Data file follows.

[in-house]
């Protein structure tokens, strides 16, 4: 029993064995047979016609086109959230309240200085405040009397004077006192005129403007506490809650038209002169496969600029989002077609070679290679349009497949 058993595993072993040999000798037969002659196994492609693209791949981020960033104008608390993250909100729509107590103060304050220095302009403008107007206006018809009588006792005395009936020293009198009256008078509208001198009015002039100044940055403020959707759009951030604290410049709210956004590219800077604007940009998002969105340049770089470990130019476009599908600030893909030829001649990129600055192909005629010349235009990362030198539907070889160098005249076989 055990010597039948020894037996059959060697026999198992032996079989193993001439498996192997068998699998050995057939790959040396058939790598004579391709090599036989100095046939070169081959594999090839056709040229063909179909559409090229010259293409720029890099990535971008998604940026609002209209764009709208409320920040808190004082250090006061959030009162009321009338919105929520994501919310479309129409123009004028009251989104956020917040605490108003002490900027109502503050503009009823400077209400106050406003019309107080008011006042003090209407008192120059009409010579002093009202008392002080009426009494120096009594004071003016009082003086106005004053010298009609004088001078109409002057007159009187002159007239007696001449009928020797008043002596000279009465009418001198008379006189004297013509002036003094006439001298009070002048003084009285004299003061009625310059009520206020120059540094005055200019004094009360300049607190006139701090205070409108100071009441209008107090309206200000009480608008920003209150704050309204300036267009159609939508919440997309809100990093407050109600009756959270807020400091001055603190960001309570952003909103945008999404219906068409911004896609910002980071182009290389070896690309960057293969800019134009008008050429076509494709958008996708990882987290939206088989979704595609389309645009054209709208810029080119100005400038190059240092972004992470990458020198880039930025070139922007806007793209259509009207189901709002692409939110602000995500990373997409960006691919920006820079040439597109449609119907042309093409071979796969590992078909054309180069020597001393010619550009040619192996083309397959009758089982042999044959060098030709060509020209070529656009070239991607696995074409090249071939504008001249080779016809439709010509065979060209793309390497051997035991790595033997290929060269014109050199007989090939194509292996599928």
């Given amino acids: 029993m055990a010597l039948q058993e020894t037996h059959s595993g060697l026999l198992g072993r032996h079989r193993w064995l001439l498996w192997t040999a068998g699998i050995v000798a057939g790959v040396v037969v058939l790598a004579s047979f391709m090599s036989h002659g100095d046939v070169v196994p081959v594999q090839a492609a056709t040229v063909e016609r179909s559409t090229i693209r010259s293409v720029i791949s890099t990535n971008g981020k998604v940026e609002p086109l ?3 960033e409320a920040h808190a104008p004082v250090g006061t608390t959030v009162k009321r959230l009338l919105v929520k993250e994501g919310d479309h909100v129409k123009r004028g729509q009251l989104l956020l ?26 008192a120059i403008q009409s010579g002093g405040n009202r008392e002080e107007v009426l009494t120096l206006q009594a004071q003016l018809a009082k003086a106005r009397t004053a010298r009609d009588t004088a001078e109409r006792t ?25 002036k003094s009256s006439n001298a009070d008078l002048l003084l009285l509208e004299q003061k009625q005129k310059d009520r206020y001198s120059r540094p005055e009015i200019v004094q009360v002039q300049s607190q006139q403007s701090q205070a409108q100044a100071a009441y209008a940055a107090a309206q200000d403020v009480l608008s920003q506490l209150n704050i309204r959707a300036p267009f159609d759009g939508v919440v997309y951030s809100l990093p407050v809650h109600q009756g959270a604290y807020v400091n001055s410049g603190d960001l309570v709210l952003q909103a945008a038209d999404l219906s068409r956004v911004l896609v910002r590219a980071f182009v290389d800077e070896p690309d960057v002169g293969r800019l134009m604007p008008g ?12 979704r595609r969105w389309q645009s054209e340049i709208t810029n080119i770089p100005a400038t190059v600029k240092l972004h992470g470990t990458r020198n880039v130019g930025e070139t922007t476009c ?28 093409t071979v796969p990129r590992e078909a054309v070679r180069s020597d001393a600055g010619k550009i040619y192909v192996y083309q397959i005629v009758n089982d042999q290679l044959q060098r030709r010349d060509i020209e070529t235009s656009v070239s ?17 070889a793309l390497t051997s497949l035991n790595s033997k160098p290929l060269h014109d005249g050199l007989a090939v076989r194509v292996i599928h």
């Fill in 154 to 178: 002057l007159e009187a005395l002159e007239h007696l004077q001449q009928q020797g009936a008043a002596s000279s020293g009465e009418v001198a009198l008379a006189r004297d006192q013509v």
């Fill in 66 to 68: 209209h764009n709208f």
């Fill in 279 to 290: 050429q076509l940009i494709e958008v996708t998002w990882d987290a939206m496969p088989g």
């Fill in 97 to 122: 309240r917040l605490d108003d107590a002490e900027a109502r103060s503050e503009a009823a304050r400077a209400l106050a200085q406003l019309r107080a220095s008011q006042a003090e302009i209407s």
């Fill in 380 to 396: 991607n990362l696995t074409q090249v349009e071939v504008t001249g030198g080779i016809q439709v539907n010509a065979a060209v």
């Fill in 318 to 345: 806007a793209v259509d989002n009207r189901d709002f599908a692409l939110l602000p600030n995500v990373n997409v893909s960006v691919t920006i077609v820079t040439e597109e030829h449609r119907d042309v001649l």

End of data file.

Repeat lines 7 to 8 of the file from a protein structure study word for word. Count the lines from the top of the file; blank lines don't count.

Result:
């Fill in 97 to 122: 309240r917040l605490d108003d107590a002490e900027a109502r103060s503050e503009a009823a304050r400077a209400l106050a200085q406003l019309r107080a220095s008011q006042a003090e302009i209407s």
């Fill in 380 to 396: 991607n990362l696995t074409q090249v349009e071939v504008t001249g030198g080779i016809q439709v539907n010509a065979a060209v």